Four killed in Geylang fire after deciding to wait for help
Coroner's inquiry into Geylang fire
Instead of fleeing the burning building, they chose to stay in their room and wait for help to arrive.
It was a risky decision that backfired.
By the time firefighters got to the four men in the Lorong 4 Geylang walk-up apartment in the early hours of Dec 6 last year, they were lying motionless on the floor.
One of them had a blanket wrapped around his head in what seemed like a futile bid to block out the smoke.
Three of them were pronounced dead at the scene and one died later in hospital.
Yesterday, State Coroner Marvin Bay pointed out that it was vital that occupants flee a burning building as soon as a fire is spotted. (See report below.)
He ruled out foul play in his findings on the deaths of the four Malaysians - Mr Maslan Musundo, 43, Mr Jubitol Rumanjing, 37, Mr Ramu Kotiah, 50, and Mr Yusoff Masrong, 49.
They shared the room with Mr Maslan's brother, Mr Muslin, 41, and two other Malaysians, Mr Peter Awat, 48, and Mr Sapawi Ahet, 48.
The men, who worked here as cleaners, went to sleep between midnight and 12.40am on Dec 5.
At about 1.10am, Mr Ramu realised there was a fire and shouted to his roommates to wake up.
Mr Awat opened the door and saw thick black smoke and a small fire outside.
He heard Mr Maslan telling everyone not to go out or they would get burned, Mr Bay said.
But Mr Awat and Mr Sapawi quickly fled the walk-up apartment via the main entrance and got out unscathed.
A few minutes later, they saw Mr Muslin run out with burns on his skin, indicating how large the fire had grown.
At least 10 other foreign nationals, including Bangladeshis, Chinese and Indians, escaped from the burning apartment.
Singapore Civil Defence Force (SCDF) officers arrived at the scene five minutes after receiving a call asking for assistance.
After putting out the fire, the SCDF officers found the four men in the windowless room.
Three were lying face up and another was sitting in a corner with a blanket over his head.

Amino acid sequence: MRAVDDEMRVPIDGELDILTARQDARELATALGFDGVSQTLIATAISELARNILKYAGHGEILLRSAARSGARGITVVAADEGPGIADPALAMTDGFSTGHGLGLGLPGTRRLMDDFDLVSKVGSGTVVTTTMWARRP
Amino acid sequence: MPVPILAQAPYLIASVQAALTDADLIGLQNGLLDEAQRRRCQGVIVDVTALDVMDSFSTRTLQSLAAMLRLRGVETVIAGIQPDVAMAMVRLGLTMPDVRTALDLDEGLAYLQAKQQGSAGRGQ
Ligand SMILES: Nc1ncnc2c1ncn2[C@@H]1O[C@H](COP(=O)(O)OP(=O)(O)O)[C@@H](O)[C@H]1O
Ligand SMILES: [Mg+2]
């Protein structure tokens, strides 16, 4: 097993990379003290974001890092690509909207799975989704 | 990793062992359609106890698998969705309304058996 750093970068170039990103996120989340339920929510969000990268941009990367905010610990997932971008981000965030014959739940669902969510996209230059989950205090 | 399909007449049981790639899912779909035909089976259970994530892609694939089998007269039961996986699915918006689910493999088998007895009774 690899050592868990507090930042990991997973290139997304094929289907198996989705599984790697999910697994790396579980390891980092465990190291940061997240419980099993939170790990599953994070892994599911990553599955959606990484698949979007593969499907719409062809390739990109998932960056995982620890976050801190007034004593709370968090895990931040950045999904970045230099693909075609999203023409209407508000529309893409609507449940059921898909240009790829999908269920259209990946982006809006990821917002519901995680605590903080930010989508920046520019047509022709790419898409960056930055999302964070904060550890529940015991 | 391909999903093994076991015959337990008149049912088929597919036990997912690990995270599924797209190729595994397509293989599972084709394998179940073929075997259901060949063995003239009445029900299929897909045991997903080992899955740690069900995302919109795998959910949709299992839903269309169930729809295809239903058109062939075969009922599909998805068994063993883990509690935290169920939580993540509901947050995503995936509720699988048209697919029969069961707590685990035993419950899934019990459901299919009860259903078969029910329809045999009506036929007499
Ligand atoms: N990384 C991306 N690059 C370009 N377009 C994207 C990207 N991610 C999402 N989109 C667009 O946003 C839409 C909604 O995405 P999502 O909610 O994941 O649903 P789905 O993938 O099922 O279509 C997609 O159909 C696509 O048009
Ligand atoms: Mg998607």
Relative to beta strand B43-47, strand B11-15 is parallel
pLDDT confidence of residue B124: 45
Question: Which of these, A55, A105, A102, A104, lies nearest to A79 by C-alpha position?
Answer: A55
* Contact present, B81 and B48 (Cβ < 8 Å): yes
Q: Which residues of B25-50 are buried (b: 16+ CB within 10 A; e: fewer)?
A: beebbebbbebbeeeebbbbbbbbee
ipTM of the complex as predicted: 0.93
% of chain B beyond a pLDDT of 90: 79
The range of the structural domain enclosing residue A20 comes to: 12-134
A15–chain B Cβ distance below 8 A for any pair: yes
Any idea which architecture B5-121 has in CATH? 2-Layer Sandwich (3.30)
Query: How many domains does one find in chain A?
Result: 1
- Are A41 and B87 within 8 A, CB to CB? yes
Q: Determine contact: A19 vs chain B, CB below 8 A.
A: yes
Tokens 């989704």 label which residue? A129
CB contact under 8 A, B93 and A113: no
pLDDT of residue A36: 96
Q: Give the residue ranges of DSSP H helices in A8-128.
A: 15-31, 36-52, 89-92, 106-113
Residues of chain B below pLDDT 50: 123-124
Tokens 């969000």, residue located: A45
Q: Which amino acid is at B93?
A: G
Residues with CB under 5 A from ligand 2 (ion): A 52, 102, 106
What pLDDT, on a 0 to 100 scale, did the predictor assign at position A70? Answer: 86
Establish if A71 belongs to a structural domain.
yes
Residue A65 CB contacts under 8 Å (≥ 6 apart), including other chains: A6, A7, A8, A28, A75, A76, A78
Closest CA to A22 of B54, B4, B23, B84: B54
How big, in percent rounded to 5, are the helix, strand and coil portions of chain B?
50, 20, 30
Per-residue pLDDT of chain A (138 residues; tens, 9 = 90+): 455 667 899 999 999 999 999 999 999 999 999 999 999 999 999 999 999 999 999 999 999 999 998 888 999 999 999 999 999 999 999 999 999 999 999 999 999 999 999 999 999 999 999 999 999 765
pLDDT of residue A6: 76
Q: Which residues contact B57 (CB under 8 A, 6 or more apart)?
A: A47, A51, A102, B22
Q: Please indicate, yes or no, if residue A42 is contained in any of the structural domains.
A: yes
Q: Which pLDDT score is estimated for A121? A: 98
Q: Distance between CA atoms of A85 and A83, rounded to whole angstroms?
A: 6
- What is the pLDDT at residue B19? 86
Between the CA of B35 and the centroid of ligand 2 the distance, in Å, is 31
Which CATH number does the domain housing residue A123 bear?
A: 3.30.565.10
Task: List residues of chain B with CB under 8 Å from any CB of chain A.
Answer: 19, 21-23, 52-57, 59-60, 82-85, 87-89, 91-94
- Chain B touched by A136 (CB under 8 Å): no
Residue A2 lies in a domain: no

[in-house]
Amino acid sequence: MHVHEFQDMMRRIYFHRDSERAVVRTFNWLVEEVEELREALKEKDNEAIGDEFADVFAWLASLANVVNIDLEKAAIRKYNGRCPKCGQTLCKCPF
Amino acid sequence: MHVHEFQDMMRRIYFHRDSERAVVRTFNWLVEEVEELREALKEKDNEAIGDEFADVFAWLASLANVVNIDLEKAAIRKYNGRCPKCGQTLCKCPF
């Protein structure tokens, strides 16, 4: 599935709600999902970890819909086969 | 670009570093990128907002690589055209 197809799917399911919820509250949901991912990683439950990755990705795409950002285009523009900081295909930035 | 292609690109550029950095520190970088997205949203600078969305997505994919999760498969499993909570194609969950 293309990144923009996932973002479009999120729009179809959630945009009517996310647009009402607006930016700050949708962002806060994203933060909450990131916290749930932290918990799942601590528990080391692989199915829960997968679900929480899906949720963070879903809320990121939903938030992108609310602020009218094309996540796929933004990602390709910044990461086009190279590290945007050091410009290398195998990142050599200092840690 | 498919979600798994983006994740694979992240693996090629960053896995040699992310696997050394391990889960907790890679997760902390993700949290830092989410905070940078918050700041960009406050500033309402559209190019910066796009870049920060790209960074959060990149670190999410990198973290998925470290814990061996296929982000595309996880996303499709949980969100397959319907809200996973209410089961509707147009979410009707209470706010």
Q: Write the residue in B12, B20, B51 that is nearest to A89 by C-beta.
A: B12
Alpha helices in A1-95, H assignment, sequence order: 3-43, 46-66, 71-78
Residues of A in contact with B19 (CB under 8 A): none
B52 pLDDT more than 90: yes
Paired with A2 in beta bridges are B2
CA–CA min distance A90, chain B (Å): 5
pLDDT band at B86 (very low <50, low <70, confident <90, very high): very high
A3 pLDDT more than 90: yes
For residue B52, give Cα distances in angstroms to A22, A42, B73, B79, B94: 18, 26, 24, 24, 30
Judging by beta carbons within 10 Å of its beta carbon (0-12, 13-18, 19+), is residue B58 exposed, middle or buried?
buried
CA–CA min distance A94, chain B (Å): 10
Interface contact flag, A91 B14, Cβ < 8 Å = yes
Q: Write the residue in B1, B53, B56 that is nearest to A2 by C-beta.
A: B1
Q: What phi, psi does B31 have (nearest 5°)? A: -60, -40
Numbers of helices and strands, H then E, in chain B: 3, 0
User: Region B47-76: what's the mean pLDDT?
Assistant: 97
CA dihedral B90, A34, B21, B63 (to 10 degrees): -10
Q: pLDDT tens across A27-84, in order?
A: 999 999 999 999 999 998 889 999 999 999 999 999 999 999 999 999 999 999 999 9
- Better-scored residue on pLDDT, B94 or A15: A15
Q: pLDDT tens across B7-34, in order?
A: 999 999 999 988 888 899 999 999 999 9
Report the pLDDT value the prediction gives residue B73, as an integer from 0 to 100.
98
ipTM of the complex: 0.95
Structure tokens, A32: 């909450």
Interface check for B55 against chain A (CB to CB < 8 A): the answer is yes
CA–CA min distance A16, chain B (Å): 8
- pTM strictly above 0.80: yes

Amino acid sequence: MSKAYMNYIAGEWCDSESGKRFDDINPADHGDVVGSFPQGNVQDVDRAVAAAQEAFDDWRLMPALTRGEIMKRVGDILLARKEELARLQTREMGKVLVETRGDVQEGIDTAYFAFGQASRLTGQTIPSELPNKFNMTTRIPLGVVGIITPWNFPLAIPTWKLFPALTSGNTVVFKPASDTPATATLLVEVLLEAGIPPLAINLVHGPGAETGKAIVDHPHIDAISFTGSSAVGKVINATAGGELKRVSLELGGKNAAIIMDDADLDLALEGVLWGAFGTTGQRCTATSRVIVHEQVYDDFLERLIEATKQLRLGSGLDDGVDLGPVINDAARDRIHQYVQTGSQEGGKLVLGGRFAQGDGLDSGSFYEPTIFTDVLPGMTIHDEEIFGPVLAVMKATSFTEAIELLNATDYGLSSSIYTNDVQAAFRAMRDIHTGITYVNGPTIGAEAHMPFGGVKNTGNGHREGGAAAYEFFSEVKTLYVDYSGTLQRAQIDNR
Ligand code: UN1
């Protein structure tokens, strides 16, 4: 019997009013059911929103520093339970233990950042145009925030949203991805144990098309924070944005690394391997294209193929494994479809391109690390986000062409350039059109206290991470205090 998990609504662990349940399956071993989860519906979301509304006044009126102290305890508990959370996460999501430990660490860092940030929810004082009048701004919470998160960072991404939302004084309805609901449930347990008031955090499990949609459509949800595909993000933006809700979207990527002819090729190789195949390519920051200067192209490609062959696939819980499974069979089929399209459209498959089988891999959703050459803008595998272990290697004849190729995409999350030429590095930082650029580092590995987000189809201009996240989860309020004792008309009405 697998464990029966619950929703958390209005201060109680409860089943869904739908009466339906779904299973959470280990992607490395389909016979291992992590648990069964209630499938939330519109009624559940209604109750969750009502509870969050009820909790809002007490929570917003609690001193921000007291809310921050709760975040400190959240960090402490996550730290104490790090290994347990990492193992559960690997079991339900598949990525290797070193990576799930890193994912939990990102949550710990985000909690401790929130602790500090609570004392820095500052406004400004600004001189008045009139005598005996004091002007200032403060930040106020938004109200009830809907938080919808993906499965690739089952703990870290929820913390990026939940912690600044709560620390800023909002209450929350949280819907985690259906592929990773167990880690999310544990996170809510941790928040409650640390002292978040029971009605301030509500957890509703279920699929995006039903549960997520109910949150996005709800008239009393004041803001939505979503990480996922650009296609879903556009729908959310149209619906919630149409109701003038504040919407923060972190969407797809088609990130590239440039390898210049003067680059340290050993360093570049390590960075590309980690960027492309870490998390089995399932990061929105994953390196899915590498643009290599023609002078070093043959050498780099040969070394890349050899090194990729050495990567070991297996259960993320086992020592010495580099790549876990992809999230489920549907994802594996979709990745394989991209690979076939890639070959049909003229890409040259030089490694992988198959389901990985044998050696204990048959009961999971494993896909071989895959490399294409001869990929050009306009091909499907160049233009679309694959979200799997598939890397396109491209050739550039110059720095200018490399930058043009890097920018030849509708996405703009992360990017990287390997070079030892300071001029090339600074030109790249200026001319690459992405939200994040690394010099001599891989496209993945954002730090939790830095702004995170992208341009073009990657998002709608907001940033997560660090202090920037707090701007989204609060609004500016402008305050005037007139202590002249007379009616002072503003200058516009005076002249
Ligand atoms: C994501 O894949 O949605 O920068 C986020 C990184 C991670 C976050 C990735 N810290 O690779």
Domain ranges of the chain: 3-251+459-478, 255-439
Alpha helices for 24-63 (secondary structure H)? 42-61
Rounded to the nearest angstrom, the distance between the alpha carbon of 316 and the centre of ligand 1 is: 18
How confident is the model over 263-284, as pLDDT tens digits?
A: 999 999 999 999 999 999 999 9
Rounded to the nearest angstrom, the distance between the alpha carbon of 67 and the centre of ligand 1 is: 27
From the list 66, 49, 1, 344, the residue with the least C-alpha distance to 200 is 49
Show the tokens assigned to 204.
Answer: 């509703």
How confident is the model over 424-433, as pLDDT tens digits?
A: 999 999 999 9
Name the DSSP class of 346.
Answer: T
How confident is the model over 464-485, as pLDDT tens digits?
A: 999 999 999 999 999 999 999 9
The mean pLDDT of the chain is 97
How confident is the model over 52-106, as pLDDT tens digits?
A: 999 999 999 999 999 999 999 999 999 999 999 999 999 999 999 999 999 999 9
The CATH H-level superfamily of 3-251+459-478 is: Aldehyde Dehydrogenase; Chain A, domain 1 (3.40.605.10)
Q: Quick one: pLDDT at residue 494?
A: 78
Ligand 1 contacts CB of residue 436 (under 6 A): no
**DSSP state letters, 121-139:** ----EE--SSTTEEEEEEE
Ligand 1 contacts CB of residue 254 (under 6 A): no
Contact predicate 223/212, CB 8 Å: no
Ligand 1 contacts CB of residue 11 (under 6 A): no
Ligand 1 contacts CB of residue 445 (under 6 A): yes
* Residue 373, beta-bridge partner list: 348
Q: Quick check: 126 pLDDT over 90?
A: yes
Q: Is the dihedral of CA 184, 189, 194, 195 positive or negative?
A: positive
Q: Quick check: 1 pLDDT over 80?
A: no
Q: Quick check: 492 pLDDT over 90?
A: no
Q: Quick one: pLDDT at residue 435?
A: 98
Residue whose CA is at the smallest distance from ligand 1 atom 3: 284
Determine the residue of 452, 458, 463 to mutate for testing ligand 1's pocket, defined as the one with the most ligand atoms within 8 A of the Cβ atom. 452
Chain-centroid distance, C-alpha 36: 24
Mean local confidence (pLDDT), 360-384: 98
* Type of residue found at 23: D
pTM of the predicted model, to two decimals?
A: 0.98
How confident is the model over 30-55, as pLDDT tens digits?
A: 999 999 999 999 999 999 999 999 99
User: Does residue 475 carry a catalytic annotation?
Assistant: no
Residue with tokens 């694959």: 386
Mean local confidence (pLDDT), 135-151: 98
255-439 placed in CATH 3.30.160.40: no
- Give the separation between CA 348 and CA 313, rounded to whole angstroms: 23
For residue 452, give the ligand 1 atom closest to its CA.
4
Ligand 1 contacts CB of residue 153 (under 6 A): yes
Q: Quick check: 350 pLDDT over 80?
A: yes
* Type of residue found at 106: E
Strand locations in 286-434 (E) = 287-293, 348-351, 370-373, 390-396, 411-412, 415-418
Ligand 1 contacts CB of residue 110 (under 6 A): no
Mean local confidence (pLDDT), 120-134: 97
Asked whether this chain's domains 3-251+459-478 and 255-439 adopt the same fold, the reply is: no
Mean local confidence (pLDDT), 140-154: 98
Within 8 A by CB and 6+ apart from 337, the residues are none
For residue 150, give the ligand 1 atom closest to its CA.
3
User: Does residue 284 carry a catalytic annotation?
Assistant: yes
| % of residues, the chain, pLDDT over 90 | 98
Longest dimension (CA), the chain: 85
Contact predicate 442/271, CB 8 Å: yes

The victims were later found to have died from smoke inhalation.
Traces of cyanide from the toxic fumes were found in their bodies. The burns on their bodies were not significant to cause death, Mr Bay said.
The SCDF established that the fire had been accidentally caused by an electrical source, he added.
The SCDF also found that the fluorescent lighting and nearby objects, such as a wooden shoe rack, wooden table and wooden sliding cabinet, had fuelled the fire.
Mr Bay said the victims had paid the ultimate price for their decision to stay and wait out the fire.
He ruled their deaths a tragic misadventure and expressed his condolences to their families.
THE NEW PAPER, JUNE 3
Fire? Get out immediately
Occupants who suspect a fire in the building should evacuate without delay, said State Coroner Marvin Bay.
He said that it is extremely hazardous to remain indoors to wait out the fire. Four Malaysians did this and died in a Geylang walk-up apartment last December.
In an enclosed space, the build-up of toxic fumes can quickly reach lethal levels and overwhelm any person remaining in the premises, Mr Bay said.
"The window of opportunity for escape... can be extremely narrow," he said.
He made a reference to Mr Maslin Musundo, who had lingered for a few moments before fleeing and suffered significant burns while his two roommates who had fled immediately escaped unhurt.
Mr Bay added that premises with a large number of occupants should have passageways that are clear of objects in the event of an emergency.